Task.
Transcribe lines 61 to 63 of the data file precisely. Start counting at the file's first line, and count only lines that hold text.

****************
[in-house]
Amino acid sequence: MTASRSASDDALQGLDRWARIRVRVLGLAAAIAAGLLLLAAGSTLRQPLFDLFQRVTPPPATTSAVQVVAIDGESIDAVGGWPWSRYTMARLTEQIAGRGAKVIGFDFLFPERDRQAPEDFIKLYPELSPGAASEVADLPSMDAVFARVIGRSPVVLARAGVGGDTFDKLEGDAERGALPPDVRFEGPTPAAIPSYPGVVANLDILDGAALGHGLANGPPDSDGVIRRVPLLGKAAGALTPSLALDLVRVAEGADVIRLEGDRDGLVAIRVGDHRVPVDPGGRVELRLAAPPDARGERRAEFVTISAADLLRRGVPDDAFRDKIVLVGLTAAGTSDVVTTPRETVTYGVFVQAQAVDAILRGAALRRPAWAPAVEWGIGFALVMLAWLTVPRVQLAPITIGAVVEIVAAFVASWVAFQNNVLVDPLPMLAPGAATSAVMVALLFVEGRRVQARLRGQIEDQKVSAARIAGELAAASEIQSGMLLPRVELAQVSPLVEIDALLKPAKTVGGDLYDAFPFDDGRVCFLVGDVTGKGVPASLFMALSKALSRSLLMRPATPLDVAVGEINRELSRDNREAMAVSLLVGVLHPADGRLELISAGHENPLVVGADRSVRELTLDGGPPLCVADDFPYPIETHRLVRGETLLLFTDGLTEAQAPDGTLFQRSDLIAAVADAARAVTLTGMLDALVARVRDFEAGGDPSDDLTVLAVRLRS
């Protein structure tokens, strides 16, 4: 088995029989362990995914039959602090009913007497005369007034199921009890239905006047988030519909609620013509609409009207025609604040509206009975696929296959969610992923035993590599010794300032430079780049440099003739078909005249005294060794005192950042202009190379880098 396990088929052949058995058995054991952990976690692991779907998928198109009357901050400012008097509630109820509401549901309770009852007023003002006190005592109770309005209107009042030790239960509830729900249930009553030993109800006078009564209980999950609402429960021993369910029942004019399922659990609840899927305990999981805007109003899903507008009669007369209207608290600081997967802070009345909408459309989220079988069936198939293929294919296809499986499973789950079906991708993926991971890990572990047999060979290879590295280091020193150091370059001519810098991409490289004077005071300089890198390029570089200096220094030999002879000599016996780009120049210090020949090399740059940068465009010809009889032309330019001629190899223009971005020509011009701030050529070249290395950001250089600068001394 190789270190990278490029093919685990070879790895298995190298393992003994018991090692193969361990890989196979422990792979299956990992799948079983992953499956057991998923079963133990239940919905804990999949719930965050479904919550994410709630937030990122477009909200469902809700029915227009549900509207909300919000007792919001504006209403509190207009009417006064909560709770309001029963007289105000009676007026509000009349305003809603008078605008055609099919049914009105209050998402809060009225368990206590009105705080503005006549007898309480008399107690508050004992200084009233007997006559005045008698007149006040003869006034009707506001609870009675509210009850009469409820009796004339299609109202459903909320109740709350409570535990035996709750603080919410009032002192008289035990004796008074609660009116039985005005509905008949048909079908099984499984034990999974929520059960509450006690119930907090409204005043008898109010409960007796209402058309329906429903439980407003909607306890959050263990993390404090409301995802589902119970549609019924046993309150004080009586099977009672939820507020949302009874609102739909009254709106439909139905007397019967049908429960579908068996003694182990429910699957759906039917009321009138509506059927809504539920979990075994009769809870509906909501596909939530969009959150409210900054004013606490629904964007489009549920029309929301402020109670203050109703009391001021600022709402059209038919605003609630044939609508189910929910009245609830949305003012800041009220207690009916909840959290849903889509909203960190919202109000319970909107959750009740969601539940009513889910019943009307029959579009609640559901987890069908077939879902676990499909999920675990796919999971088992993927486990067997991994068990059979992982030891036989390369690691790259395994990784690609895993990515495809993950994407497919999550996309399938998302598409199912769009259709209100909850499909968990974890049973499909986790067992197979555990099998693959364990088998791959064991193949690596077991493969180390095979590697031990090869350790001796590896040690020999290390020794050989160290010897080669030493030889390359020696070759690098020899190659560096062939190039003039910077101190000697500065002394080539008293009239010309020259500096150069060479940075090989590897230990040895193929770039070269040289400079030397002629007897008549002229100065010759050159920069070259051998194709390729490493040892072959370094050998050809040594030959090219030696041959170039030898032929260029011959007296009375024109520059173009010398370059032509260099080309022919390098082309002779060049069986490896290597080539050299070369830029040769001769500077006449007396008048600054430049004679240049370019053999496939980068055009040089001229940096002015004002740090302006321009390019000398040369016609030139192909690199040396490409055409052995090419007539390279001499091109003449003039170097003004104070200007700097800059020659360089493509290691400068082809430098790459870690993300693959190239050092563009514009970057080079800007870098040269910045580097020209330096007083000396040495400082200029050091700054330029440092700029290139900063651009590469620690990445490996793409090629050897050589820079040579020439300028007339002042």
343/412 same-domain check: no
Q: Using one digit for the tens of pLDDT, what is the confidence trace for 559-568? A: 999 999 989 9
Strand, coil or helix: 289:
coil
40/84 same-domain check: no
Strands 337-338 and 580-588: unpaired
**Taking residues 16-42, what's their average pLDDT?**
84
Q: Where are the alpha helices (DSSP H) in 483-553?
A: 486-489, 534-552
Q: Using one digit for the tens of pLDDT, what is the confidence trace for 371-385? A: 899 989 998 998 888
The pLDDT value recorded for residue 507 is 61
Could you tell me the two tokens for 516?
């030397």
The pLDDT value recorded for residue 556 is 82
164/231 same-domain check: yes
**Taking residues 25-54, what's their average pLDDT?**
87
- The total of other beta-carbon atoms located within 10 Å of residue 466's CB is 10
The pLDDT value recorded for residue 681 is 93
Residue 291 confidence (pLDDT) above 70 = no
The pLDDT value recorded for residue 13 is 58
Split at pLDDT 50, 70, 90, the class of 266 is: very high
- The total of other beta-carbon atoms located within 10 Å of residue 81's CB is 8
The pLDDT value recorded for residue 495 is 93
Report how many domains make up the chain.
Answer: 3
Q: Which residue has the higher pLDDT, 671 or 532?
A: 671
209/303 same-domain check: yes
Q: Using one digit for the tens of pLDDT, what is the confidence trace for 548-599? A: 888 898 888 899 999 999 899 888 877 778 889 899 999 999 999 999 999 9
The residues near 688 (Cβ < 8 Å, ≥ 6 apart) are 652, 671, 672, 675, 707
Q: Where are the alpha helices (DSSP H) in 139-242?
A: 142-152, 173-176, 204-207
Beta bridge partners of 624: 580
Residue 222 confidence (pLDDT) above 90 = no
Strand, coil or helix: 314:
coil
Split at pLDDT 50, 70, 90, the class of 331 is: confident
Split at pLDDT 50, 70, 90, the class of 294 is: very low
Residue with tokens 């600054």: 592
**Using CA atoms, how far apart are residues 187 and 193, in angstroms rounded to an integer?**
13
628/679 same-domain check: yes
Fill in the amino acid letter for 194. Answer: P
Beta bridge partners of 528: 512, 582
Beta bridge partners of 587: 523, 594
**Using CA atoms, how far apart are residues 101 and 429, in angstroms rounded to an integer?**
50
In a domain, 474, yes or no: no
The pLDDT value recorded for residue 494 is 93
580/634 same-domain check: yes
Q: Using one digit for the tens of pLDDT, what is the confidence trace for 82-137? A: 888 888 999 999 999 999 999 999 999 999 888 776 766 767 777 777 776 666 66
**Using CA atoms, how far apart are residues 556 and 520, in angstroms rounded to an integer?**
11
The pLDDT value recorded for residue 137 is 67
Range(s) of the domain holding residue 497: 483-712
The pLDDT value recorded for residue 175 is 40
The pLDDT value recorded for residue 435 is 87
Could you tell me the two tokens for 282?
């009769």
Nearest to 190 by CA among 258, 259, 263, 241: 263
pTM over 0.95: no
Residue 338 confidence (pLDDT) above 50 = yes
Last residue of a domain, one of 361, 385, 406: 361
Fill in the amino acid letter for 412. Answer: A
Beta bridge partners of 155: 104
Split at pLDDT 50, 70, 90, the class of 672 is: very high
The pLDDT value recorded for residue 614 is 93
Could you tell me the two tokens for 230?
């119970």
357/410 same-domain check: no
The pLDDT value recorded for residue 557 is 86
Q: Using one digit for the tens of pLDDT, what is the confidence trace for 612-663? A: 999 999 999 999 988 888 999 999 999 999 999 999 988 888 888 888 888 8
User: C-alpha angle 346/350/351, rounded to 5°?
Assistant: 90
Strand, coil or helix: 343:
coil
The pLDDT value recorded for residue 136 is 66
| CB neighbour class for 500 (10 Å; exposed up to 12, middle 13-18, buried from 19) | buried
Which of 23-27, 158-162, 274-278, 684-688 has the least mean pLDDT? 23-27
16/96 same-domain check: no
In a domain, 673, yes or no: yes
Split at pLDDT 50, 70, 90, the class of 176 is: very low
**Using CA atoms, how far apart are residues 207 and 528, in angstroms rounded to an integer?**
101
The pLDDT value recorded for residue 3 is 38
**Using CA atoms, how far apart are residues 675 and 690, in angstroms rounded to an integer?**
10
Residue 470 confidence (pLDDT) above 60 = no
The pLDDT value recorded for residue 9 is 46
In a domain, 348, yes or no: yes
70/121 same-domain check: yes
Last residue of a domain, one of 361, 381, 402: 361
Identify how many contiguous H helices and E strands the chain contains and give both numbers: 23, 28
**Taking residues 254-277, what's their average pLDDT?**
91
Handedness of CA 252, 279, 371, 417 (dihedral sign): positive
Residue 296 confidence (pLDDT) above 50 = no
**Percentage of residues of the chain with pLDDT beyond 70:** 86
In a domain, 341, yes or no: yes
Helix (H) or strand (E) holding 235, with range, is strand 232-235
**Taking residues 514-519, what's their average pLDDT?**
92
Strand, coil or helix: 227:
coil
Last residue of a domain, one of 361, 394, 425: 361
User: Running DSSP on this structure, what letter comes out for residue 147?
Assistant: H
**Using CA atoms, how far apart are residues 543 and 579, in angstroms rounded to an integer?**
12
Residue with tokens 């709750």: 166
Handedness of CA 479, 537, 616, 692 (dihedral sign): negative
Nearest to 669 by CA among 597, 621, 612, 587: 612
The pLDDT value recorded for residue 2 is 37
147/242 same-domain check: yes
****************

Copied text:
The pLDDT value recorded for residue 175 is 40
The pLDDT value recorded for residue 435 is 87
Could you tell me the two tokens for 282?